3

The overwhelming stress on satisfaction of basic needs and social security both of current and future generations leaves no justification for the prevalence of widespread poverty in Islamic framework. As a matter of fact, Islam and absolute poverty cannot persist together because Islam is a viable system that can respond and consequently eliminate poverty through its socioeconomic, cultural and political mechanisms and principles.

A really shameful situation emerges when abovementioned Islamic commitment is put next to along with pervasive poverty in Muslim world comprising of over a billion people and with impressive energy reserves like oil supplies but still faces crippling levels of poverty and increasing inequalities between haves and have-nots. Since it is estimated Muslims (CIA World Factbook 2010 and Economist

1Quran: (106:3-4).

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Chapter One Introduction

Islamic Microfinance System and Poverty Alleviation in Somaliland 2

In recent years microfinance has emerged as an important instrument to relieve poverty in the developing countries. Today there are more than 7000 micro lending institutions providing loans to more than 25 million poor individuals across the world.4 Professor

Mohammad Yunus, the founder of Grameen Bank in Bangladesh and the originator of the concept of microfinance, believes that 5% o

year. So the success of microfinance institutions (MFIs) in Asia such as the Grameen bank, has led to the rapid expansion of similar programs in all over the world.

The role of Islamic values and principles were well documented theoretically but not empirically. Today many researchers have shifted their focuses on understanding the complex dynamic of poverty alleviation towards Islamic point of view. Since their inception in the mid 1975s, Islamic Financial Institutions (IFIs) have considered poverty alleviation as one of their major areas of interest. However these successes lead to the new and emerging approach which is introducing interest-free microfinance (Islamic Microfinance). Since the fact is Microfinance can only success in every Muslim country if it is -compliant. As in Islam, charging interest (Riba) is prohibited because by Islamic teachings, money is not an asset for earning profit and thus interest cannot be used by and for the Muslims.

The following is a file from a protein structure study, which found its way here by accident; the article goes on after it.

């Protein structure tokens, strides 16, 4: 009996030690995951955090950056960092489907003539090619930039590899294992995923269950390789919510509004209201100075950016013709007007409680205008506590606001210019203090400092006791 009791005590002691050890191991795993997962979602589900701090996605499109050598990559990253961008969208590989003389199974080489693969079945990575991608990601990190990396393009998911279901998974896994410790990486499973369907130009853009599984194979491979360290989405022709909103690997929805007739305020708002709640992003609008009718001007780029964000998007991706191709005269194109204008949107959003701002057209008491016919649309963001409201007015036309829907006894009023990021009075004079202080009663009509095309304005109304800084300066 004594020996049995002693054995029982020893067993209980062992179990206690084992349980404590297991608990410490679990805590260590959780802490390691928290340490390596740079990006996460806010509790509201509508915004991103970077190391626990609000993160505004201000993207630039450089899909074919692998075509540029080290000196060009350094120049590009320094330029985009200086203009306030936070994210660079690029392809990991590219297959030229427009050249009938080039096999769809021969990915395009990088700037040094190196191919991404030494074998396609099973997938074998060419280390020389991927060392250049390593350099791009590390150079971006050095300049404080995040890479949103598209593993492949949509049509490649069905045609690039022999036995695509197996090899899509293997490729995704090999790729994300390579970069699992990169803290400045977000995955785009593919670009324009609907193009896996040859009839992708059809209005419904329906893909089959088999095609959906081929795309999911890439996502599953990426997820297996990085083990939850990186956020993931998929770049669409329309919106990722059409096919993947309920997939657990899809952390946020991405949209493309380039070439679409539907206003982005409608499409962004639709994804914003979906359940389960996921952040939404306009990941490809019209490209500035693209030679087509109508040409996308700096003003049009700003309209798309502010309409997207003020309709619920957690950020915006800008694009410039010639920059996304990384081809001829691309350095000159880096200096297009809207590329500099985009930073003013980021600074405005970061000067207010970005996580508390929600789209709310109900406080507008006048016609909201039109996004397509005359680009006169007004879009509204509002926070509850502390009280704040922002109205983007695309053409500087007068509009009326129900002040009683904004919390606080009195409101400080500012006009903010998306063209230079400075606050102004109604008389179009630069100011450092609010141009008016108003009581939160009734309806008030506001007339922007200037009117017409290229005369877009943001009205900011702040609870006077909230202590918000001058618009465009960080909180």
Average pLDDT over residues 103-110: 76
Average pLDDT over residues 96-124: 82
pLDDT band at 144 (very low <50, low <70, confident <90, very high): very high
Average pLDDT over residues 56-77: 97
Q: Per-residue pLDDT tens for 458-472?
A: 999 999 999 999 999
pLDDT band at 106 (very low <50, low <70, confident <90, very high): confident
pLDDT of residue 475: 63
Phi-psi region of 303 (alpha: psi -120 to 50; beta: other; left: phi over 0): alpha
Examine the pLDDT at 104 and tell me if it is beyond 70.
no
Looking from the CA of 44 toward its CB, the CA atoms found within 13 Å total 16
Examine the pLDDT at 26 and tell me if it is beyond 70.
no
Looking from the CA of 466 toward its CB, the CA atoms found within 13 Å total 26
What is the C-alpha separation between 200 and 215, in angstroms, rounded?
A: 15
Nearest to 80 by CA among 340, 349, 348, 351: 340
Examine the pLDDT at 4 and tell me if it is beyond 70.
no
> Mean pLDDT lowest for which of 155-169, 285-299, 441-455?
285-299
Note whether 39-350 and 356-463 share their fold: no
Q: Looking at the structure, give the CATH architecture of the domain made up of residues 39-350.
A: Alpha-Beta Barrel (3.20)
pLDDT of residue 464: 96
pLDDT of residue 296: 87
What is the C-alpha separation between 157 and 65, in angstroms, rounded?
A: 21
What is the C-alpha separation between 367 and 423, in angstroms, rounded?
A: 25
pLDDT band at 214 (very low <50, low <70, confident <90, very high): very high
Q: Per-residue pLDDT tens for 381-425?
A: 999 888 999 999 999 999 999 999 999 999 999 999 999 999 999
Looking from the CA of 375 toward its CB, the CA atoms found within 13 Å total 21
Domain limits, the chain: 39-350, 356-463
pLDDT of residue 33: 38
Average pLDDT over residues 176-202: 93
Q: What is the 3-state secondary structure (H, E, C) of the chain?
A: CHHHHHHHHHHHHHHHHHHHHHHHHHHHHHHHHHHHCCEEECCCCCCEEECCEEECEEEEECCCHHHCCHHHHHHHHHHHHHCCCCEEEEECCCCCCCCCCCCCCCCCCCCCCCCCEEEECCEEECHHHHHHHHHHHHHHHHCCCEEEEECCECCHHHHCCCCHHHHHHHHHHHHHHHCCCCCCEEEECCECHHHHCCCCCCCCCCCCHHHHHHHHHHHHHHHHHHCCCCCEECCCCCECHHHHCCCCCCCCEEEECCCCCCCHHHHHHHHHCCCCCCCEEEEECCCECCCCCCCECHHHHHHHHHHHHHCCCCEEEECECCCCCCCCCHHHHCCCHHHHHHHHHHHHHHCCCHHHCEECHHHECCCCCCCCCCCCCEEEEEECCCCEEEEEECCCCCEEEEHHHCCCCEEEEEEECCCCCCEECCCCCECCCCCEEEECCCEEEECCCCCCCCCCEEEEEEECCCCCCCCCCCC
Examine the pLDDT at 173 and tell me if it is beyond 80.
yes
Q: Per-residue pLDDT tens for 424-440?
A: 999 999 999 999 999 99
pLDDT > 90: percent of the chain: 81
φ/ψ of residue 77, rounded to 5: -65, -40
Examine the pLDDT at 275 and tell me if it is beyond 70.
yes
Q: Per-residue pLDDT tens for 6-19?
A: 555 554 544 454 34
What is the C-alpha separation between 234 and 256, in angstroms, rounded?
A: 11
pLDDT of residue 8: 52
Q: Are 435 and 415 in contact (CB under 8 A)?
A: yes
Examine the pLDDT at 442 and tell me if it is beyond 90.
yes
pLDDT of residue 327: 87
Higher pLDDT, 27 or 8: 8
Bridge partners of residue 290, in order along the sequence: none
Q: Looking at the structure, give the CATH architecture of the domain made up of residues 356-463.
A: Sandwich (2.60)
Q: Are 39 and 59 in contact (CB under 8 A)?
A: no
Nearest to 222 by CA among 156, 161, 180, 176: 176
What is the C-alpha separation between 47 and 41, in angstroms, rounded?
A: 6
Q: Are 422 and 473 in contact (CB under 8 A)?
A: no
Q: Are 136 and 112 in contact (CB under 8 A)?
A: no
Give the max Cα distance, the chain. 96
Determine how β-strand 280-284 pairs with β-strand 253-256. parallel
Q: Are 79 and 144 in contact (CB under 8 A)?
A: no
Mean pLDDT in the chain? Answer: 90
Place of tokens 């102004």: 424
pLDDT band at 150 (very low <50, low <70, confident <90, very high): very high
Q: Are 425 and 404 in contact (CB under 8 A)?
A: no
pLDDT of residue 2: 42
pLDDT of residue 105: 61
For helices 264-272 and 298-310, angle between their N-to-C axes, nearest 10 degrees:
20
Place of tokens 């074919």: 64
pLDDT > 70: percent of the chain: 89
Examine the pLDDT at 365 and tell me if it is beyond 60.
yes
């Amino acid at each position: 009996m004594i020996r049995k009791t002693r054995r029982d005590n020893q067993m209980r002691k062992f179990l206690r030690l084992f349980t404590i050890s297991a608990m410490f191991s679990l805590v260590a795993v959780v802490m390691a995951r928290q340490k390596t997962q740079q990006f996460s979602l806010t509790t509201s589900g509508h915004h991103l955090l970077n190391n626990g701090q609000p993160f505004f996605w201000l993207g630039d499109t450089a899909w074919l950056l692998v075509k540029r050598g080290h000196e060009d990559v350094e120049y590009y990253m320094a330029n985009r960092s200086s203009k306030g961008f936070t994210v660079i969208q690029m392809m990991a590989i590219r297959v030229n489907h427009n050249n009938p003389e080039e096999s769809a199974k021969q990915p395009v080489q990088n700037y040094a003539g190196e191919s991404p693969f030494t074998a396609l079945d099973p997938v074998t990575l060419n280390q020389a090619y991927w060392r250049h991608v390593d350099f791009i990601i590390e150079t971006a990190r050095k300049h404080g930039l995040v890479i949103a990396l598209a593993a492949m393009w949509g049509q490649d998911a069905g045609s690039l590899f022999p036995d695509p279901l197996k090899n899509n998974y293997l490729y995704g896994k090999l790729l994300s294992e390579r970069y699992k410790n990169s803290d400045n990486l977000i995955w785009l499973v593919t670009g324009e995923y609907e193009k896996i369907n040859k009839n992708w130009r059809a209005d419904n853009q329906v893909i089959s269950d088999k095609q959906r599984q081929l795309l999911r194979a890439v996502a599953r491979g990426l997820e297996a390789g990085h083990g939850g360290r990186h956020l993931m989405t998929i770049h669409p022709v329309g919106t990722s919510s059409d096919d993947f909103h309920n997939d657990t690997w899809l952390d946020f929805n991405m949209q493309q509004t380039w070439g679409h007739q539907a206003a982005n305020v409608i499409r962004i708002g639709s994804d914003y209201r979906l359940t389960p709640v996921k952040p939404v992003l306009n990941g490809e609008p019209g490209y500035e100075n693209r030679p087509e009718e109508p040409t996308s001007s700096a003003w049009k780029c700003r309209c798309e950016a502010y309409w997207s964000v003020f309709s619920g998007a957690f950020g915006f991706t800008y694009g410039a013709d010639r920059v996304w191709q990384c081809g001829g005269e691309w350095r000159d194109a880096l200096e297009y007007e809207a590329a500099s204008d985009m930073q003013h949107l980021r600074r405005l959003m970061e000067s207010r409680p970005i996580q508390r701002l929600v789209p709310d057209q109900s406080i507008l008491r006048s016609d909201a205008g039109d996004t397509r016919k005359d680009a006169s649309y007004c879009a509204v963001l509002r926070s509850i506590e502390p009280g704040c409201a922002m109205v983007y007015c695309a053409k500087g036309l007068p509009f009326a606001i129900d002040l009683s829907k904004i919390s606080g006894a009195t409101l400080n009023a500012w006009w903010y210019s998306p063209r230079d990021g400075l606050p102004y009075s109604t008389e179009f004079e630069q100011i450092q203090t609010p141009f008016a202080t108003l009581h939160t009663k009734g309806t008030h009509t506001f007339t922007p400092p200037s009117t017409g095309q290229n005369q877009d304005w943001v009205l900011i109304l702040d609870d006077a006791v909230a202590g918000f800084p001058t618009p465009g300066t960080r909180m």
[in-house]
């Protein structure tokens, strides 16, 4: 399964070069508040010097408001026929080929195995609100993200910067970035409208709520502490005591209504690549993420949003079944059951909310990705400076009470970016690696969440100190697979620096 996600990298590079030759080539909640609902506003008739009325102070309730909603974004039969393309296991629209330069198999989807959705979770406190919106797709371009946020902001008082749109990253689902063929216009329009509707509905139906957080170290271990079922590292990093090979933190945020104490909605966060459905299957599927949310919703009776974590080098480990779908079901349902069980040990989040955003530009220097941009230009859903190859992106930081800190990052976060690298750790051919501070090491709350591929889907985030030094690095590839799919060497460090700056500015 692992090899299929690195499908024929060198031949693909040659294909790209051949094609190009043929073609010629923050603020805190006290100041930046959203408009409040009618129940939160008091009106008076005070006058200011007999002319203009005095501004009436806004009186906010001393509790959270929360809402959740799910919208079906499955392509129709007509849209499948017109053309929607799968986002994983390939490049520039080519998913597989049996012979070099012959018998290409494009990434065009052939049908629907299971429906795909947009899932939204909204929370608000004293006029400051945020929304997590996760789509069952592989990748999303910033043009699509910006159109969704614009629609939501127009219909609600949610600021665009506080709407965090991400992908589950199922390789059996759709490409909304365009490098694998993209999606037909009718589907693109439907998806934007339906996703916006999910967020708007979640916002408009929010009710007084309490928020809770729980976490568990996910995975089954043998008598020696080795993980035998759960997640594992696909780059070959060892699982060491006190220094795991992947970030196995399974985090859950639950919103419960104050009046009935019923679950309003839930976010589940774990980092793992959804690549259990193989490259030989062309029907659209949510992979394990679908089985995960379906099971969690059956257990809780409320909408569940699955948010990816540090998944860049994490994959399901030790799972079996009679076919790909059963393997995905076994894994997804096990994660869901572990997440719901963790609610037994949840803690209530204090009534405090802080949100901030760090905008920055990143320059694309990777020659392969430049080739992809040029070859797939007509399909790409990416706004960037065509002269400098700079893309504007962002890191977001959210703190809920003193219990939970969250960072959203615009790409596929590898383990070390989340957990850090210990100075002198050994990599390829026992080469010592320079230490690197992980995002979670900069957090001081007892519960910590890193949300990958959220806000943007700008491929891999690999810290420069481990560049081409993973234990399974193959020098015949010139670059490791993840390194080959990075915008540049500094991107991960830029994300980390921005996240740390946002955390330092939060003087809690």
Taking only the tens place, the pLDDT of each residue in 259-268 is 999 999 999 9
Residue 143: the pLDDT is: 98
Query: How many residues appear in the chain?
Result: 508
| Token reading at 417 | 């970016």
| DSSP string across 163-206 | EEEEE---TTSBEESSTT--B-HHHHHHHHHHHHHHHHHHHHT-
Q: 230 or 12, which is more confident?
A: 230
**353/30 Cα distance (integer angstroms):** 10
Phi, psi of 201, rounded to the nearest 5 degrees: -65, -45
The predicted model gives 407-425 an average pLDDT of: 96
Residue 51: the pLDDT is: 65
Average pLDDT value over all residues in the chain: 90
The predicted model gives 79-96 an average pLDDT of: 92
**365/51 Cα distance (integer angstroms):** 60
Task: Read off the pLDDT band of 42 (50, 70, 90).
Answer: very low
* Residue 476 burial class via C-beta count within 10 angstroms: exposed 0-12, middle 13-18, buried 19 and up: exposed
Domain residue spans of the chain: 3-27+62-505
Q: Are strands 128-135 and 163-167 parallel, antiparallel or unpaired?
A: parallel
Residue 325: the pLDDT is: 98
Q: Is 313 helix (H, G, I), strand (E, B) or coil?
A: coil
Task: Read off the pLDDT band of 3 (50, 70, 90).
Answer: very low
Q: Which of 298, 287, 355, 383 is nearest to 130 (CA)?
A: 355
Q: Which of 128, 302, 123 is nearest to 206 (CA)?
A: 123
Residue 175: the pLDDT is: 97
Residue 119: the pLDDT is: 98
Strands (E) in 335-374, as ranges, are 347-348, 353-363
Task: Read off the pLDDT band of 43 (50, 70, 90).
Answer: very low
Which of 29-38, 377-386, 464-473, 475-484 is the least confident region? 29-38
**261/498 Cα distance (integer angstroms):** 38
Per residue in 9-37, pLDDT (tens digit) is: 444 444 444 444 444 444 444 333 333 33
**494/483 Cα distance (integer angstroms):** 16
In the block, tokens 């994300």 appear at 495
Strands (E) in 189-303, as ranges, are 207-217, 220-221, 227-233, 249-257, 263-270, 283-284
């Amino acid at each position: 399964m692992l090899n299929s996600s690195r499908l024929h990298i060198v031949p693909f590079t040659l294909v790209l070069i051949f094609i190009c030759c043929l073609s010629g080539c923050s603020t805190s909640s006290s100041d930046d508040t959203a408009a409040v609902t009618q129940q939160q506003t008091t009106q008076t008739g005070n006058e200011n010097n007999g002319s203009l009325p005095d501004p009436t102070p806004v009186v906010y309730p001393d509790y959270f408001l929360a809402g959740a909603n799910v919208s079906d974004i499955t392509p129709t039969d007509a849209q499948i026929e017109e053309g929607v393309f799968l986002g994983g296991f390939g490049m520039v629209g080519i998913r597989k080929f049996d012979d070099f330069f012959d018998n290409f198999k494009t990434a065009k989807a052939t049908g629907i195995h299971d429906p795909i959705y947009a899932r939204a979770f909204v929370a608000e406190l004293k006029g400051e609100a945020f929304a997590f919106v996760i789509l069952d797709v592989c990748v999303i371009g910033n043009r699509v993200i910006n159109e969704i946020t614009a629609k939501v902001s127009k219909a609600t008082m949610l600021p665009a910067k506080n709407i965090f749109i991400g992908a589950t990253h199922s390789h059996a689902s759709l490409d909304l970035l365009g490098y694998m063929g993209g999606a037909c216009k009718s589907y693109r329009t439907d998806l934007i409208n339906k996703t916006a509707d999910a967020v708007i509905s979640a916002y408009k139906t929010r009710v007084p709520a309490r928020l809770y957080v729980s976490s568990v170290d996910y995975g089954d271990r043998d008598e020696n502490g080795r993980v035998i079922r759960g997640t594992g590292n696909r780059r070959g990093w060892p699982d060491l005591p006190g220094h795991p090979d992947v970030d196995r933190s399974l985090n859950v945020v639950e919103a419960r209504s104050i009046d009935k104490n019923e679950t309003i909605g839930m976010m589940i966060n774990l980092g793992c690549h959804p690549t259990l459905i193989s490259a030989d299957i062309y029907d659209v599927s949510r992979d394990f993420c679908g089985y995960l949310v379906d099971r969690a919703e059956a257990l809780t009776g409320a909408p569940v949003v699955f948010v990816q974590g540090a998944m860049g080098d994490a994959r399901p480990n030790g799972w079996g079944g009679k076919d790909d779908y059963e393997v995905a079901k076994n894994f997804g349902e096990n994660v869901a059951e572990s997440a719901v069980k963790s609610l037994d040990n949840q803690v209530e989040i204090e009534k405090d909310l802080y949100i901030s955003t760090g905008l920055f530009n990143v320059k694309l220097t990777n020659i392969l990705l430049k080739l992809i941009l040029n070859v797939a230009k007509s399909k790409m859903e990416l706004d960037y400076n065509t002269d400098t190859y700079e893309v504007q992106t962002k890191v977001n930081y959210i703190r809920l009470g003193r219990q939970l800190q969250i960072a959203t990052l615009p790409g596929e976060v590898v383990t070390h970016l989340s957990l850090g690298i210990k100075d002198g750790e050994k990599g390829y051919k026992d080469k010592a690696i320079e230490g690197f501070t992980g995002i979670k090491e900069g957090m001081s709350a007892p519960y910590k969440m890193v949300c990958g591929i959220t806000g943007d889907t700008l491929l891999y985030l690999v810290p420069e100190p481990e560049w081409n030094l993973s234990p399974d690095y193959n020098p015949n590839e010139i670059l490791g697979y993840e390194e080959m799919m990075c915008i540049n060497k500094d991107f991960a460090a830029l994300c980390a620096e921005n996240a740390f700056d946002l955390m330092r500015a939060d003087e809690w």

In Somaliland, Kaaba Microfinance Institution (K-MFI) and Salaam Financial Services have actually been able to reach the economically active poor with their financial services in both urban and rural areas, therefore, the researcher wished to shed some light on the important concept of Islamic Microfinance (IMF) that substantially could enhance

1.2 Problem Statement

People living in poverty need permanent access to the same type of financial services we all need: a safe way to save for life cycle events and to reduce vulnerability to shocks; access to appropriately designed credit for business opportunities; ways to transfer money, etc. For the poor these financial services often make the difference between continued poverty and moving out of poverty. These results are what the United Nations Millennium Development Goals (MDGs)5 is all about reducing poverty, increasing

education, and nutrition. It will require financial systems that do not exclude the poor, who have not access to the formal financial services. This means building financial systems that are inclusive, and this is the new vision for microfinance that is attractive to donors and financial institutions that interest to help the poor alike.

4 Estimate by the World Bank.

5 Targets to be achieved in 2015 for development in the world as a whole with special emphasis on poorer

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Chapter One Introduction

Islamic Microfinance System and Poverty Alleviation in Somaliland 3

However, Conventional microfinance services do not meet the needs of majority of Muslim population in developing countries like Somaliland. The reason is that conventional microfinance institutions charge interest on their loans provided to small and medium enterprises as well as women entrepreneurs. In addition a vast majority of Muslim population refrains from availing conventional microfinance services due to the element of interest that is considered repugnant or Haram according to .